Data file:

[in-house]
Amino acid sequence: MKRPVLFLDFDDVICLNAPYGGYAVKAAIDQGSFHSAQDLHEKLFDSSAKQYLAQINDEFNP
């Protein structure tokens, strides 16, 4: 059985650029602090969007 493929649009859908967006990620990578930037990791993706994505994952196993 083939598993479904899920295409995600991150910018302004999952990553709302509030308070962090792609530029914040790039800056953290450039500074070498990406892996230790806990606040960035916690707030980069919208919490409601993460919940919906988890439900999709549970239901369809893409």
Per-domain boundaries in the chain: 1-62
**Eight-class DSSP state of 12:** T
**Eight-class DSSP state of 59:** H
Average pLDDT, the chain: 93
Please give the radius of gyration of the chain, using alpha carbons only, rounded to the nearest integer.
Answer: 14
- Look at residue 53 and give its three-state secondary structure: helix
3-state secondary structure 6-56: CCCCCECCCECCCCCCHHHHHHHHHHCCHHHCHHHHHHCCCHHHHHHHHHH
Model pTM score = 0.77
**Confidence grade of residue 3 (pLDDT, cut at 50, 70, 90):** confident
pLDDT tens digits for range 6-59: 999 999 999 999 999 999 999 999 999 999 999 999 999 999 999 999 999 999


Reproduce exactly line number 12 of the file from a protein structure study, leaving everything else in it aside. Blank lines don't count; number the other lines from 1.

Model pTM score = 0.77